Spending time with friends, family and loved ones is a potentially effective tactic for social motivation that, according to a study published recently, may be favorable for some voles but is simply tolerable to others.

According to a Phys.org report, the findings suggest what's going on in the voles' brain when different types of relationships are built and exhibit that social motivation may differ according to individual, gender, and species.

As similar brain structures and hormones are involved in social interactions in a lot of species, which include humans, this new finding may lay the basis for better understanding some of the

As similar hormones and brain structures are involved in social interactions in many species, including humans, this new information may lay the groundwork for better understanding some of the fundamentals of social differences.

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Science Times- Animal Behavior: Which Between the Prairie and Meadow Vole Species Has More Social Motivation?
(Photo : Plantsurfer on Wikimedia Commons)
Spending time with friends, family and loved ones is a potentially effective tactic for social motivation that may be favorable for some voles but is simply tolerable to others.

Voles, Naturally Social Creatures

Voles are ideal model animals for investigating social behaviors since they are naturally social creatures. Some vole species like prairie voles, as explained in AllThingsNature are forming lasting social bonds both with their mates and their same-sex peers.

On the other hand, meadow voles are only building communities to help survive during the winter and then they part ways during the warmer season.

According to the study's first author, Annaliese Beery said they wanted to find out why voles of the said two species are spending time in social contact.

Beery, who directed this study in her lab at Smith College in Northampton, Massachusetts, United States, and is presently in the University of California, Berkeley's Department of Integrative Biology added that they wanted to find out what role social motivation is playing in their behavior, or to what degree "social selectivity is more about avoiding strangers.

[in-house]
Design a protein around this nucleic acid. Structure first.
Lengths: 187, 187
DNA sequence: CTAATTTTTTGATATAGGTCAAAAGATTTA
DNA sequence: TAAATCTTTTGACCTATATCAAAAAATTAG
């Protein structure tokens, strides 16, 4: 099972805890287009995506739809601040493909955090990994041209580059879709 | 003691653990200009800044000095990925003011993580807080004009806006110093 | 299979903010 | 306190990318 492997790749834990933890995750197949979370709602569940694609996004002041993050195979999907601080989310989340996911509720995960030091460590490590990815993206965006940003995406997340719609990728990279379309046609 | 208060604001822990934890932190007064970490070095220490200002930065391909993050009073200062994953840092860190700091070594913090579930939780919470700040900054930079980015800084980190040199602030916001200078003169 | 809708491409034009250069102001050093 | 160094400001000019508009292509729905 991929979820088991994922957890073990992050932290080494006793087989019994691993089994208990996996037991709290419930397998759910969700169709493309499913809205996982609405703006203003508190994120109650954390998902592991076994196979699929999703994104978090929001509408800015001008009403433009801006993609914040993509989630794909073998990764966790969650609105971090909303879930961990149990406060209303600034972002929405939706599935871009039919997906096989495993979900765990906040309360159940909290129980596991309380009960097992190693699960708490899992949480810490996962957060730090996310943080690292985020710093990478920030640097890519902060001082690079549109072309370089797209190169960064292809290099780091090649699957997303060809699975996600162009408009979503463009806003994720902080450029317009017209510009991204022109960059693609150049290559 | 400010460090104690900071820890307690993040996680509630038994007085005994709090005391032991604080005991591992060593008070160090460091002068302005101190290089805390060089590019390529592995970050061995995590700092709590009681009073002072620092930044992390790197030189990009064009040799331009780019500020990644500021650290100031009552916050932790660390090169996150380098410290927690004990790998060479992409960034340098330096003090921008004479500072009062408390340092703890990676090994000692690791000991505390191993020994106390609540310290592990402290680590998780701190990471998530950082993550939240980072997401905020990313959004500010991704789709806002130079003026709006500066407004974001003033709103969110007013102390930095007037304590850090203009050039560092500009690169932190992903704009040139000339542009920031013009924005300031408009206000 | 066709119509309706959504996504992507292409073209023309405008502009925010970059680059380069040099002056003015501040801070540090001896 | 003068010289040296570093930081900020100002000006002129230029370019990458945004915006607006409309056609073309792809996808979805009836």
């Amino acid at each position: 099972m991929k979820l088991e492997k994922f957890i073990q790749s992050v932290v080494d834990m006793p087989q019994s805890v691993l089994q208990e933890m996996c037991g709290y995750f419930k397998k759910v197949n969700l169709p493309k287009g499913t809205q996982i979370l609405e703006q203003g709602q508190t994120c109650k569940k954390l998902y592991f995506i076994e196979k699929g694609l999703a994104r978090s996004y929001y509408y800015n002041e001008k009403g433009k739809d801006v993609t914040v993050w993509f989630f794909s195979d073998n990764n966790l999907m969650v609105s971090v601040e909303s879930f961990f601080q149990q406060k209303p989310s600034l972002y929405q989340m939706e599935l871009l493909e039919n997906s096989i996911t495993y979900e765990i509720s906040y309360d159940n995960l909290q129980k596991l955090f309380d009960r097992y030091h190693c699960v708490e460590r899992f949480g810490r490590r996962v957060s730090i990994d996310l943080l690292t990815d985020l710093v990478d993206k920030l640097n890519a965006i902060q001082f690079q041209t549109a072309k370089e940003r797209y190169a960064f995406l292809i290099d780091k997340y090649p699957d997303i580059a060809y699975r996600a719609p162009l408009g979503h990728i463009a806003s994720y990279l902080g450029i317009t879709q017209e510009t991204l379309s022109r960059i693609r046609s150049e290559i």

The 'Food Reward'

To find the answer, a similar Bioengieering.org report specified, Beery, together with her colleagues, trained both vole species to push a bar to get a food reward after.

They then replaced the rewards with brief access to a familiar vole belonging to the same species, or a stranger, to find out how frequent the voles would push the bar to get near the other animal.

With every successive push of the bar, it turned more challenging to get access to the other vole, with the other animals that needed to push the bar again for more access.

Commenting on their findings from the study published in ELife, Beery said they found "striking species and sex differences" in the other animals the voles would work to be closer to.

Social Interactions of Prairie and Meadow Voles Compared

Specifically, the research team found that female prairie voles worked harder so they could see familiar voles than strangers, although male prairie voles did not exhibit this preference for their acquaintances.

The males worked hard instead to access any females, although they exhibited less interest in males. However, the males still clustered with familiar animals when they were together.

The meadow voles in the study, all-females, did not work as hard as the female prairies, to reach familiar animals. Together, the results have suggested that prairie voles find it rewarding when having social interactions with familiar animals.

Meadow voles, on the other hand, were more likely to tolerate family and friends over unfamiliar animals, although they were not highly motivated by such interactions.

Related information about voles is shown on Emory University's YouTube video below:


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